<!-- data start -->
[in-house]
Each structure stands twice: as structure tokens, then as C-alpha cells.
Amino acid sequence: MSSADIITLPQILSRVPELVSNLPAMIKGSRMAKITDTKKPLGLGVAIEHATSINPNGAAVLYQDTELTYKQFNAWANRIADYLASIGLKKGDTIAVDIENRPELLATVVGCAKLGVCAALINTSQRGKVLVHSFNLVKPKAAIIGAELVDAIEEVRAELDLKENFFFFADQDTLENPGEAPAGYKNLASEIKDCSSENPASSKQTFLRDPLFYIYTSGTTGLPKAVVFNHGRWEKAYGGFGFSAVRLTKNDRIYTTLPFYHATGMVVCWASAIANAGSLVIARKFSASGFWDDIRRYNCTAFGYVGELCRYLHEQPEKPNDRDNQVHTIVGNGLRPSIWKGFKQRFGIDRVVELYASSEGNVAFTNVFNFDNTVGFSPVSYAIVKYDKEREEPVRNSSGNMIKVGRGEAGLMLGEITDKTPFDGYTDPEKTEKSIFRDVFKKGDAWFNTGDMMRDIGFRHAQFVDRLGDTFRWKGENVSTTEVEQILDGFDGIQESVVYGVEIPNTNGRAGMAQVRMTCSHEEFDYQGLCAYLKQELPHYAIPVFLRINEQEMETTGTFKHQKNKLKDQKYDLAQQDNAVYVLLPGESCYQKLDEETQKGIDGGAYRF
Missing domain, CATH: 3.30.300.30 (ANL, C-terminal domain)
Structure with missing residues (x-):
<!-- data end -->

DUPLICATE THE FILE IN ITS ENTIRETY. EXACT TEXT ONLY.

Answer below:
[in-house]
Each structure stands twice: as structure tokens, then as C-alpha cells.
Amino acid sequence: MSSADIITLPQILSRVPELVSNLPAMIKGSRMAKITDTKKPLGLGVAIEHATSINPNGAAVLYQDTELTYKQFNAWANRIADYLASIGLKKGDTIAVDIENRPELLATVVGCAKLGVCAALINTSQRGKVLVHSFNLVKPKAAIIGAELVDAIEEVRAELDLKENFFFFADQDTLENPGEAPAGYKNLASEIKDCSSENPASSKQTFLRDPLFYIYTSGTTGLPKAVVFNHGRWEKAYGGFGFSAVRLTKNDRIYTTLPFYHATGMVVCWASAIANAGSLVIARKFSASGFWDDIRRYNCTAFGYVGELCRYLHEQPEKPNDRDNQVHTIVGNGLRPSIWKGFKQRFGIDRVVELYASSEGNVAFTNVFNFDNTVGFSPVSYAIVKYDKEREEPVRNSSGNMIKVGRGEAGLMLGEITDKTPFDGYTDPEKTEKSIFRDVFKKGDAWFNTGDMMRDIGFRHAQFVDRLGDTFRWKGENVSTTEVEQILDGFDGIQESVVYGVEIPNTNGRAGMAQVRMTCSHEEFDYQGLCAYLKQELPHYAIPVFLRINEQEMETTGTFKHQKNKLKDQKYDLAQQDNAVYVLLPGESCYQKLDEETQKGIDGGAYRF
Missing domain, CATH: 3.30.300.30 (ANL, C-terminal domain)
Structure with missing residues (x-):